The solution will then come quick on how Spotify handles this matter because at the end of the day, this is all about pleasing your customers. Out of 280 Million premium users, everyone doesn’t want to listen to a major artist. A good percentage of these artists would want to hear someone that’s under the radar and has a refreshing sound that they can put on repeat from time to time. This is something that Spotify has WON over radio in the last 3 to 5 years to present also. We don’t have to wait to hear what we want to hear if our mood and head space is somewhere else. Everyone doesn’t want to hear top 40 so we rather search for Easy listening or Neo-Soul. To Radio, “Neo-Soul” is “Old-school” or dead but to Spotify, its available whenever you want it to be. To Radio, major artists and the same artists signed to major labels or have a major marketing budget can fill in those same 40 spots on billboard. To Spotify, the same 10 artists you like that doesn’t have a lot of fans has a catalog that you can play in a matter of seconds and put it on repeat the entire day. The bad thing is, Spotify is not holding the majors to the same standard as the independent artists. Major artists have also paid for artificial streams as well, not just independent artists.

The Good thing about this is the work that has to be put in to be successful in this music industry. Now as I went in depth for the Bad I will tell you the good. This happening with Spotify and Distrokid has also warned a lot of people that want to be entertainers to stop “Trolling” For “Clout” and “attention”. Joe Budden asked on his Podcast weeks ago, If he thought “online trolling” will continue. And this happening to artists that got their music deleted for buying streams and likes and views, answered everyone’s question including Joe’s. Distrokid is a wonderful service. I happen to have half of my catalog under Distrokid and the other half of my catalog under tunecore. When it comes to my dream I believe in putting my eggs all in one basket but when it comes to business, I have many baskets that I carry with me. I made the mistake of putting everything under one distributor just incase if something like this happens. Distrokid offers a service where you can pay $35.00 per year for two artists and put up as much music as you want without any charge.

They say sometimes cheap comes cheap work ethic and results.

Tunecore however, everything costs. You pay per album and per single. I think its fair giving the fact that, you have to invest in your career, Not cheat your career but invest into your career to gain the most out of it. Tunecore’s website and Cdbaby has a structure for their artists when it comes to songwriting royalties and publishing options. This also includes music licensing and connections with professional rights organizations. Artists are now doing the same thing when it comes to marketing their music. Paying a company $25.00 to get you 20,000 streams in 12 days is a result of artists faking and cheating their career vs. actually investing into their career so with this I will stand with Spotify and Distrokid if thats the case. But outside of that, if its artists that are doing it the right way, make a correct investigation before punishing everyone that doesn’t deserved to be punished. I left a complaint to distrokid and my music and analytics were kept up for my other songs and Tunecore updated my data and analytics to my two projects that were put back up after Distrokid took them down. I don’t have a big fan base like drake, given the fact I do have fans that saved and playlist my album because they were fans of my work and contacted me when they couldn’t find the songs. So remember these people were actual people that contacted me, not bots.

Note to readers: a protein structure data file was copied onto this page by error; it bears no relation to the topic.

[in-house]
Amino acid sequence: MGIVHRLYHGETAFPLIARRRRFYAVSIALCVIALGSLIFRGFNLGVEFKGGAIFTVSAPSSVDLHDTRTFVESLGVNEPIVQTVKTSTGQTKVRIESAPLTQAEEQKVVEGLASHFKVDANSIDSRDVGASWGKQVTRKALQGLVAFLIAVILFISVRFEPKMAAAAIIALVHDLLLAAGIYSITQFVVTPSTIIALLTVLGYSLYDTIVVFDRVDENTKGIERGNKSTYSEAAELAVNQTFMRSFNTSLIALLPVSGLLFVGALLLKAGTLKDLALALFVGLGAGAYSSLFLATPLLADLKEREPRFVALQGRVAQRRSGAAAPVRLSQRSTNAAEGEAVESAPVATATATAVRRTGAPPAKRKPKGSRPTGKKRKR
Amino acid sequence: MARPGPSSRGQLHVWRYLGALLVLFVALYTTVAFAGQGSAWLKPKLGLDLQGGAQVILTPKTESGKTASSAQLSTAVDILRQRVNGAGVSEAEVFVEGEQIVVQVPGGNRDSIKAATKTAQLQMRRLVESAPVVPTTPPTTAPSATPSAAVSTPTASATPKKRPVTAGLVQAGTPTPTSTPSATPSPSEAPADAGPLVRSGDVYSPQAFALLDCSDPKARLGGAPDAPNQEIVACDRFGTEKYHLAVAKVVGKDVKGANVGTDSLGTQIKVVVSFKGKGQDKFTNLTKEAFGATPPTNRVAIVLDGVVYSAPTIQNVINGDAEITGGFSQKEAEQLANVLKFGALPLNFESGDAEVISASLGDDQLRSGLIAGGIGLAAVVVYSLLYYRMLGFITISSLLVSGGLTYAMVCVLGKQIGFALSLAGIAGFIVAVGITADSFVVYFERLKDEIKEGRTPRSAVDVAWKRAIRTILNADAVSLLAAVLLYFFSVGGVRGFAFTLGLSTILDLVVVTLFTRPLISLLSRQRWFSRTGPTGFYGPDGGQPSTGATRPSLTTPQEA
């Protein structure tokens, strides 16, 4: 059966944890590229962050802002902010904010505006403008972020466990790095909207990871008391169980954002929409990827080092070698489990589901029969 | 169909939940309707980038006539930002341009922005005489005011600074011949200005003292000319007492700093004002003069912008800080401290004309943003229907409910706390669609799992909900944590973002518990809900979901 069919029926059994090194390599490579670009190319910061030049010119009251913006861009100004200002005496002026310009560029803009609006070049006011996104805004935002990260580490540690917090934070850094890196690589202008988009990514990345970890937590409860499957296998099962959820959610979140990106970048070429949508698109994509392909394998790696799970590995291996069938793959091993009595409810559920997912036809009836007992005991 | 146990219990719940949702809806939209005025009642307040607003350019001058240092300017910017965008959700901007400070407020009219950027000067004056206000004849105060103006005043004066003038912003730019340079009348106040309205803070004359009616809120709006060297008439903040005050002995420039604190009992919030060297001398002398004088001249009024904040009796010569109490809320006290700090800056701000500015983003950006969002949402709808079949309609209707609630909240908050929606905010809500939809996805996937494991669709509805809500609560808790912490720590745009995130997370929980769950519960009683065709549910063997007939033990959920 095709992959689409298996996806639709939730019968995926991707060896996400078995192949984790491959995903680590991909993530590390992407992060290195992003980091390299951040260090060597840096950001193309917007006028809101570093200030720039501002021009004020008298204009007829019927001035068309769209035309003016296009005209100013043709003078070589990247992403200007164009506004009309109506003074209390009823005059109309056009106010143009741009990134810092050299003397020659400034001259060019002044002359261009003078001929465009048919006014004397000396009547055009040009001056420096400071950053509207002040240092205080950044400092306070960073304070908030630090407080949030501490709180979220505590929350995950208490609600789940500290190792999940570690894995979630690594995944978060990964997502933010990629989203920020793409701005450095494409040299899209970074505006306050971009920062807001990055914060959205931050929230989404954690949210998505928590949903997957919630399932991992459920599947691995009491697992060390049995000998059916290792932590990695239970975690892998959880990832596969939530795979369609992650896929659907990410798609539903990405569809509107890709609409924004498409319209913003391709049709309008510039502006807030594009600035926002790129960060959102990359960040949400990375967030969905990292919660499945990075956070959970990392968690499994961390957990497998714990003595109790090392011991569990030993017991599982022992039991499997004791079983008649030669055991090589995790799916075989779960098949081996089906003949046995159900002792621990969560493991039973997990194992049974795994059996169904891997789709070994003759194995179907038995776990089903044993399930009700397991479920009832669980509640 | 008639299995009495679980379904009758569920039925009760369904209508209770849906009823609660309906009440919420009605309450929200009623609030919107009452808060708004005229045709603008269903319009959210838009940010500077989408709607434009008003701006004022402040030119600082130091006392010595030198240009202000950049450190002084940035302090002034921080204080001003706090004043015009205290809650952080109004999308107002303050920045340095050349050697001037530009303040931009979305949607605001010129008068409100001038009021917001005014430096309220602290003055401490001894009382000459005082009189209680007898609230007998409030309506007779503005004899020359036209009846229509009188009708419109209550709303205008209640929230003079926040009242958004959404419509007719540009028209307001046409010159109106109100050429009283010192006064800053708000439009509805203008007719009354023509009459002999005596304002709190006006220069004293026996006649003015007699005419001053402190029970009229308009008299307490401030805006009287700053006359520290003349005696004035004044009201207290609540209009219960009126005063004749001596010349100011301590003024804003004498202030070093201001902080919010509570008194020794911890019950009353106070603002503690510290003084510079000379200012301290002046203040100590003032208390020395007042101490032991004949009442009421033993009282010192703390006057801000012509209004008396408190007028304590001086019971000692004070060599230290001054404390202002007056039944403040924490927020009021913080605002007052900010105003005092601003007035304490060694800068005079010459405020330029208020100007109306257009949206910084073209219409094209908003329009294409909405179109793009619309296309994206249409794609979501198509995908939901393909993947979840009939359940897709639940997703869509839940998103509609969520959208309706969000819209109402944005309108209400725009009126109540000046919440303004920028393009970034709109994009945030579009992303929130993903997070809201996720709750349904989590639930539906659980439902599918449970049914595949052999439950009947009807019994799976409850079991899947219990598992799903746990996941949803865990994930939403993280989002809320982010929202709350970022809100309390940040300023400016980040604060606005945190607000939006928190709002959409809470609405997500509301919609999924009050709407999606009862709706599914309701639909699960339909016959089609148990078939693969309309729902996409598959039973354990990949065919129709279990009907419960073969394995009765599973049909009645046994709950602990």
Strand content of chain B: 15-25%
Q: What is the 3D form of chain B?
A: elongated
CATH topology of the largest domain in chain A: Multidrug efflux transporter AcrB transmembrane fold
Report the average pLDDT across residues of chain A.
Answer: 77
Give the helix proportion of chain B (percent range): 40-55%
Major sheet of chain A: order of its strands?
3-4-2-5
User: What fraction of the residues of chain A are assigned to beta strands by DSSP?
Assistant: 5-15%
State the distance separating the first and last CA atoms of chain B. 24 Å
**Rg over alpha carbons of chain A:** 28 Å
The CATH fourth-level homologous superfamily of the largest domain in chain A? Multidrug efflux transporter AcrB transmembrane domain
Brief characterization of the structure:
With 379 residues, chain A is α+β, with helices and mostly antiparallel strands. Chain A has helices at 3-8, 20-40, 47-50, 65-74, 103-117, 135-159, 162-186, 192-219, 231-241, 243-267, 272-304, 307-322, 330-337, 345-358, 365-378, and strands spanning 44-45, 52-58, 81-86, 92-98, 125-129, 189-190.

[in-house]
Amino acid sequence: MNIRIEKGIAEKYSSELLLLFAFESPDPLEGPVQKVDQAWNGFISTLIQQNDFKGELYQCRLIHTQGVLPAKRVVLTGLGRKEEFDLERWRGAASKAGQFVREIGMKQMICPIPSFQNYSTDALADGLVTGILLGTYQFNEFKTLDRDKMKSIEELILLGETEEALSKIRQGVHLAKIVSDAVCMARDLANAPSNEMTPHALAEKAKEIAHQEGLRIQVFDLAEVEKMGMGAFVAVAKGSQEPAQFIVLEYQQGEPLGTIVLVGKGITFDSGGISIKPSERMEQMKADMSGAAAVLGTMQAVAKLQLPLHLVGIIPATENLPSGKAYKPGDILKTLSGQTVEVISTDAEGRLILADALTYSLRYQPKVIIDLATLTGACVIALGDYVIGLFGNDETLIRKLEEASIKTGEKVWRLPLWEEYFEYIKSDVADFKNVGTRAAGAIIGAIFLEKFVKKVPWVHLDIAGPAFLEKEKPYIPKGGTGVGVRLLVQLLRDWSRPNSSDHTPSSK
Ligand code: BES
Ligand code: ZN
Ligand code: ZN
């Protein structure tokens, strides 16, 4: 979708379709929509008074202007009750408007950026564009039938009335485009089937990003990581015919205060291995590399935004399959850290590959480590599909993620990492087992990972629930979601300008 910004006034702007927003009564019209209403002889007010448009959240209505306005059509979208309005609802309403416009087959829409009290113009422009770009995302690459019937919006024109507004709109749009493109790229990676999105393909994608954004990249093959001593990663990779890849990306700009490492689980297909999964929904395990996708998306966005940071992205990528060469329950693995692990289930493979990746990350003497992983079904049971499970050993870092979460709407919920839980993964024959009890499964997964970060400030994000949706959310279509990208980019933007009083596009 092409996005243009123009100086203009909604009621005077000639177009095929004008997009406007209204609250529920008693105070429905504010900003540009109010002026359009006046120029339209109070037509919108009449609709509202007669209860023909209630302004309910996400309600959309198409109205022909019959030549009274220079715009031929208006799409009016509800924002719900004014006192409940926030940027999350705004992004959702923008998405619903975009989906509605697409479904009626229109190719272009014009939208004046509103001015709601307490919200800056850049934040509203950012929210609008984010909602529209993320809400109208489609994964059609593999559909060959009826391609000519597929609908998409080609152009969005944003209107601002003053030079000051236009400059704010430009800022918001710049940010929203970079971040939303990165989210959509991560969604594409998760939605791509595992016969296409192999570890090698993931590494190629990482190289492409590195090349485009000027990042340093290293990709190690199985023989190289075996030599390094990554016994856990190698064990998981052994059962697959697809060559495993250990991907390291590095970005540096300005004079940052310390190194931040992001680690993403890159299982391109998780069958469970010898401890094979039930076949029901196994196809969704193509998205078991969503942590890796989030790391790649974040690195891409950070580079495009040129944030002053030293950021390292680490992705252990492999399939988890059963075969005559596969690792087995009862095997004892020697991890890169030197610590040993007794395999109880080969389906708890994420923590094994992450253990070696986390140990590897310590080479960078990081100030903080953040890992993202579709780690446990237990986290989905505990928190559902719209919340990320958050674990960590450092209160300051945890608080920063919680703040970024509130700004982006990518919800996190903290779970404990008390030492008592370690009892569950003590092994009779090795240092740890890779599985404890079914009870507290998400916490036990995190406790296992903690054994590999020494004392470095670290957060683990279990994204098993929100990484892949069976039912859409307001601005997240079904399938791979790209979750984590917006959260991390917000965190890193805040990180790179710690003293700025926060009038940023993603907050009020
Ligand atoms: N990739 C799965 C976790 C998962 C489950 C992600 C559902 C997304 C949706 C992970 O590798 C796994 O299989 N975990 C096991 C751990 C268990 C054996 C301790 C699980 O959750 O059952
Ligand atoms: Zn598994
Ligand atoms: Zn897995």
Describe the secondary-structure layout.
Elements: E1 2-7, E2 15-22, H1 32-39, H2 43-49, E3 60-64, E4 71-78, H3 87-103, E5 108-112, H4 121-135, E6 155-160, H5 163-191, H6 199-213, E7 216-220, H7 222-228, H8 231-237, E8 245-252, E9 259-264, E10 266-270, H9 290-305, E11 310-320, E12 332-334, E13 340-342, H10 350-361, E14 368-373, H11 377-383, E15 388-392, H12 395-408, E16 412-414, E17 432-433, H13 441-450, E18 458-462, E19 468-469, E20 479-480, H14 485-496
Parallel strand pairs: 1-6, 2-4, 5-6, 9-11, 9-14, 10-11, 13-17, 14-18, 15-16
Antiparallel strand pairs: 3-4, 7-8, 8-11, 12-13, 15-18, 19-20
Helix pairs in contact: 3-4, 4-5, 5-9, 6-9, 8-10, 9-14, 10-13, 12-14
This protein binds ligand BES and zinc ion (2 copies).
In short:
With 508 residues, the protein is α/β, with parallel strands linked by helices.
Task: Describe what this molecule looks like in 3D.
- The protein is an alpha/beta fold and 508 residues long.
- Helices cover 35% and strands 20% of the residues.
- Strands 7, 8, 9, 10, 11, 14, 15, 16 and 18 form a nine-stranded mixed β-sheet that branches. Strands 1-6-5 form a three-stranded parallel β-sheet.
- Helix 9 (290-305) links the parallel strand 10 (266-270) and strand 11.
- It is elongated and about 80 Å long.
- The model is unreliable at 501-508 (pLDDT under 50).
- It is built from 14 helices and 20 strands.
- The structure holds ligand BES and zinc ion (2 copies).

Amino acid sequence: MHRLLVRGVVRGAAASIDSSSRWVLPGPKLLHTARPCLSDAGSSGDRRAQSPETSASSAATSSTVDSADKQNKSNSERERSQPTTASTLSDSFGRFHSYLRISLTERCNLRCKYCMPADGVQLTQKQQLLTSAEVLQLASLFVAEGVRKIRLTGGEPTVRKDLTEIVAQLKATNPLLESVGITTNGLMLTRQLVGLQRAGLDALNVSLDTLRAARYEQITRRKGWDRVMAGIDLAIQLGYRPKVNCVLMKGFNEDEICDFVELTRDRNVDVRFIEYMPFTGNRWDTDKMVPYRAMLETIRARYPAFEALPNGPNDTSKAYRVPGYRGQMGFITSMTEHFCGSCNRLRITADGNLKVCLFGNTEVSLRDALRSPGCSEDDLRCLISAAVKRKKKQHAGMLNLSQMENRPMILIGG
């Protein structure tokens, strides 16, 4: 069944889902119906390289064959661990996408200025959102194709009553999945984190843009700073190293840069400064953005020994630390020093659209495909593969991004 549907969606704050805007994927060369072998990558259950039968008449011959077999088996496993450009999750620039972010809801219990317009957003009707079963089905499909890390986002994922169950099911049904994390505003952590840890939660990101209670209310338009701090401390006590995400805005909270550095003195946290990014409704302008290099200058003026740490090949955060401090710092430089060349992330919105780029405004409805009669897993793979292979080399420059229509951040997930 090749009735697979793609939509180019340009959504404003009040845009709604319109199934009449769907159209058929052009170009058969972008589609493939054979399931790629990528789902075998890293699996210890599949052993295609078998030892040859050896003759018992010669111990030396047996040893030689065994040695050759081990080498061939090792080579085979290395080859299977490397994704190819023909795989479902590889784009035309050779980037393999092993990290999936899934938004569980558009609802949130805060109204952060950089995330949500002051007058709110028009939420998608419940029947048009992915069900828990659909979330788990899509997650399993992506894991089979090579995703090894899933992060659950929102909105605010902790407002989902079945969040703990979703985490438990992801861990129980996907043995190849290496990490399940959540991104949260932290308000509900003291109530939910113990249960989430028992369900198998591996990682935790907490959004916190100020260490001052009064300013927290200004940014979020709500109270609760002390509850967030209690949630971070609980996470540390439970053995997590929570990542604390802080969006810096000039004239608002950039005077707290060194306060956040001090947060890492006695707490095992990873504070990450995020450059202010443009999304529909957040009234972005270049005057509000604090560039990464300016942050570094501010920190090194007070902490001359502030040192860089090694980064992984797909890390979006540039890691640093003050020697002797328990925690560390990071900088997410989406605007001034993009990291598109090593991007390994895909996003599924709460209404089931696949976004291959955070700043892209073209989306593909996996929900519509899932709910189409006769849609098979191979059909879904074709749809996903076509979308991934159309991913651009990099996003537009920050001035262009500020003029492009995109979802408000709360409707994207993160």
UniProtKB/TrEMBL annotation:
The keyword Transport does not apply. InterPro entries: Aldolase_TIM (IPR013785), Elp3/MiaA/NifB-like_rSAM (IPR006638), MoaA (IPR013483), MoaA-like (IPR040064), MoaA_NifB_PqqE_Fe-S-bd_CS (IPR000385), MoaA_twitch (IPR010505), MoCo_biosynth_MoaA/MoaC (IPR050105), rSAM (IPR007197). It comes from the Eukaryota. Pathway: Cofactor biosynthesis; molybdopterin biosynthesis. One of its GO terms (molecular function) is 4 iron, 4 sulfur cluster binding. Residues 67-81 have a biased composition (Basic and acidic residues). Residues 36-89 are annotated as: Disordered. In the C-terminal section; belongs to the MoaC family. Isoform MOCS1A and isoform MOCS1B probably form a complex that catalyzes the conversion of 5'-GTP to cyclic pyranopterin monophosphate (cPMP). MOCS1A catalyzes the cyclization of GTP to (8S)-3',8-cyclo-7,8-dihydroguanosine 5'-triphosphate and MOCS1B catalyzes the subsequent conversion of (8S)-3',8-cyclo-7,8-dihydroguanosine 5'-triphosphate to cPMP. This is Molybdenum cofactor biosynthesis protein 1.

Every company should be held accountable of this. Especially when it comes to Instagram. We can’t even comment on a post if its not Bot page saying, “I’m looking for something long and hard.” That means someone is paying for bots so they can get more comments and likes on the page. Hmmmmmm something you guys should look into. Yes major companies do this too.

This also includes a lot of social media influencers as well. Everyone is a influencer until the correct information gets put out. I’ve seen a lot of posts get flagged and deleted because of wrong information. Trolling is making a change moving forward.

So in conclusion let this be a lesson to creatives, you have to own your own data and get a domain and website and make sure you find other ways to showcase your art than relying on a company you don’t own.